Climate-related and environmental risks for the banking sector in Latin America and the Caribbean: a preliminary assessment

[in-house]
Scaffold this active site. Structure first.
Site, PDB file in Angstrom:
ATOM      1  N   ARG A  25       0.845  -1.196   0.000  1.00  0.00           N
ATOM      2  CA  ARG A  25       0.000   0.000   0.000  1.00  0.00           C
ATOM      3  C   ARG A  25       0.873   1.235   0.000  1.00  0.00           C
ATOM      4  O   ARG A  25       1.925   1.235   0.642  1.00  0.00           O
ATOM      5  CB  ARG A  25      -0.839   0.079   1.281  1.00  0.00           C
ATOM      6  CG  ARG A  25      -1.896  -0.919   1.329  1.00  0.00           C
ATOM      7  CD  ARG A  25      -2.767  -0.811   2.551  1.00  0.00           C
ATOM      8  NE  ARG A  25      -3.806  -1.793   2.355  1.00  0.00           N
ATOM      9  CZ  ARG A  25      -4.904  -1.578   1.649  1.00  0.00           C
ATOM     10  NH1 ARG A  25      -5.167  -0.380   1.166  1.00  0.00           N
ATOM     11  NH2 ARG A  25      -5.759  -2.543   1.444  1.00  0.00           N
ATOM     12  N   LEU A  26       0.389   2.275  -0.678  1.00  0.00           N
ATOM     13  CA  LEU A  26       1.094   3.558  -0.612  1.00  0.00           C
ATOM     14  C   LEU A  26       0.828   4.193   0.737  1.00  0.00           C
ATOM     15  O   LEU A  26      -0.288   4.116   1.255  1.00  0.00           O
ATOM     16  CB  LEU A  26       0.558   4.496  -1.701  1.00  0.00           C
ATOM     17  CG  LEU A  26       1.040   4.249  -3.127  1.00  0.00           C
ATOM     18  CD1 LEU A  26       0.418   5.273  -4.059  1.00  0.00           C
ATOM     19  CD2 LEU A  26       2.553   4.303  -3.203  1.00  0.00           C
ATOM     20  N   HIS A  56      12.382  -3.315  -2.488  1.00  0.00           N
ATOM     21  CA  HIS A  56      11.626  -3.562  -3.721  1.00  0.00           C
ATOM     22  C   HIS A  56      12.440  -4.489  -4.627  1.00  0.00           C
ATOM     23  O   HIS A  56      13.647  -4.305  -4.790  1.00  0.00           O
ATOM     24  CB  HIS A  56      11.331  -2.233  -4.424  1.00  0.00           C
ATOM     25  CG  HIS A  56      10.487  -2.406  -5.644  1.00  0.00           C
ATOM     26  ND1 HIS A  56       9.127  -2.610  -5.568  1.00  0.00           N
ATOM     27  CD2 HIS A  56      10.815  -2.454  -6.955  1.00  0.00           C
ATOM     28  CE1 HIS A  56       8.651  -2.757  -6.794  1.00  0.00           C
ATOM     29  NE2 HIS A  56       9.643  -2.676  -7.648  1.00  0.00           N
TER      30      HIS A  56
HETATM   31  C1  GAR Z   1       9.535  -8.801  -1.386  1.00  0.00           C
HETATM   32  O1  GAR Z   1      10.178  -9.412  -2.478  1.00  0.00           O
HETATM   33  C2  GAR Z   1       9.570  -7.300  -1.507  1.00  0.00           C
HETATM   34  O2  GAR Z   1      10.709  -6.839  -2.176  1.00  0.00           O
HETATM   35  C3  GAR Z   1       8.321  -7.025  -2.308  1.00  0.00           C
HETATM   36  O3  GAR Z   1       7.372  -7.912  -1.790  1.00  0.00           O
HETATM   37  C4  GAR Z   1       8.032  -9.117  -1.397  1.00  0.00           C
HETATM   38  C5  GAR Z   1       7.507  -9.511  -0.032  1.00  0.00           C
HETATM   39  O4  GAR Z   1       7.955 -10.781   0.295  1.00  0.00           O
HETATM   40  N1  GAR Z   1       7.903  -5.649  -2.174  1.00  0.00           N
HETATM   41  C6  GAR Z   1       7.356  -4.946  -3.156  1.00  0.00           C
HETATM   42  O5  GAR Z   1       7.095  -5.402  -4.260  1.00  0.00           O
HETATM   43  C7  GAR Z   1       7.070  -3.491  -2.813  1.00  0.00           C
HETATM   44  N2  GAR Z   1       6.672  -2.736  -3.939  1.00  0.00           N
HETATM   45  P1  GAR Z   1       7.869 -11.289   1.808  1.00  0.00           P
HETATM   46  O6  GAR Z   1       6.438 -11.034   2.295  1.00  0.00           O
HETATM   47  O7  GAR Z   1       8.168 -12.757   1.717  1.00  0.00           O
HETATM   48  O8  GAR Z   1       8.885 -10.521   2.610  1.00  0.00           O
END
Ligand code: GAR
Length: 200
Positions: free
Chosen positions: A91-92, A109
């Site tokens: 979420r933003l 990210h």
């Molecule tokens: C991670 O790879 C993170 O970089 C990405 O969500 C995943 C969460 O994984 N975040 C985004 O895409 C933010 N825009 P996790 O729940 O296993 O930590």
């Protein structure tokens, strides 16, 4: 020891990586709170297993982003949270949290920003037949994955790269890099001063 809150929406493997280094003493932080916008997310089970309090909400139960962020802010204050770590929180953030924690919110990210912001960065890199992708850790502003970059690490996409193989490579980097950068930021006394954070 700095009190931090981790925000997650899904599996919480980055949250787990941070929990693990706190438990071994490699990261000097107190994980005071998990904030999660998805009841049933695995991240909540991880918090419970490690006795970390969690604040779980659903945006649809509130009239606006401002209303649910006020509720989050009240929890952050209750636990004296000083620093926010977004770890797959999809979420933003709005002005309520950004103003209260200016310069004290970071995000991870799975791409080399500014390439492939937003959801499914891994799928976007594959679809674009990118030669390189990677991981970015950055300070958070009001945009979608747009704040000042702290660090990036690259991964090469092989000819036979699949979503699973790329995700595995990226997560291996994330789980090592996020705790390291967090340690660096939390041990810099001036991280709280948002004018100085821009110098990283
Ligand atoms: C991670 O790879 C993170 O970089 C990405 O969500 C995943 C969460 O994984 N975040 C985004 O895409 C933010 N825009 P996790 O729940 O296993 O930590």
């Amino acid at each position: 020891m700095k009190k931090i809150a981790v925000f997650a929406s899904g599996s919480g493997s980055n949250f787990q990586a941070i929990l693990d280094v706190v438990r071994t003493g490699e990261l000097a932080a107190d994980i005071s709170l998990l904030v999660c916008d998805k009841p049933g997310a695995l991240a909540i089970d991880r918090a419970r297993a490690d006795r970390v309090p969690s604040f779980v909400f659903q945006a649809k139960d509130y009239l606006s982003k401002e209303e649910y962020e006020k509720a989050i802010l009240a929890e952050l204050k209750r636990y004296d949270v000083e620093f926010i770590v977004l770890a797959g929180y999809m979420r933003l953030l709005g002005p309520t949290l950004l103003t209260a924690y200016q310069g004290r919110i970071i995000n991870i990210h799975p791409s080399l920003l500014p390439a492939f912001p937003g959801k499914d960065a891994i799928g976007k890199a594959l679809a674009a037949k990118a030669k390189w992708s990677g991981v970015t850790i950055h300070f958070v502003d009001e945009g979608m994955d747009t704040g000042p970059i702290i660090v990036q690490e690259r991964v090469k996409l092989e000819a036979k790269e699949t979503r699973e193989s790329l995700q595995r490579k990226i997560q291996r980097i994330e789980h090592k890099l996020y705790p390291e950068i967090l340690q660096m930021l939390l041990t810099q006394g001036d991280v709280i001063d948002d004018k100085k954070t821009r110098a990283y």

There is increasing recognition that climate-related and environmental risks are a source of financial risks. Using publicly available data, this paper attempts a preliminary estimation of the physical and transition risks for the banking sector in a sample of economies in Latin America and the Caribbean. The results show that exposure to floods, compounded by high loan concentration in and around countries’ capital cities, represents the most important source of credit risk for the banking sector. After large-scale natural disasters, banks’ nonperforming loans increase by up to 1.4 percentage points in affected provinces. The results also show that banks in the region are exposed to transition risks, especially in Argentina, Bolivia, Paraguay, and Uruguay, due to their high lending to the agriculture sector, which is the largest emitter of greenhouse gases in the countries. Firms operating in transition-sensitive sectors already present signs of financial stress, especially those in the fossil fuel and agriculture sectors. Overall, the results demonstrate the importance for financial authorities in the region to advance in the integration of climate-related and environmental risks in their work.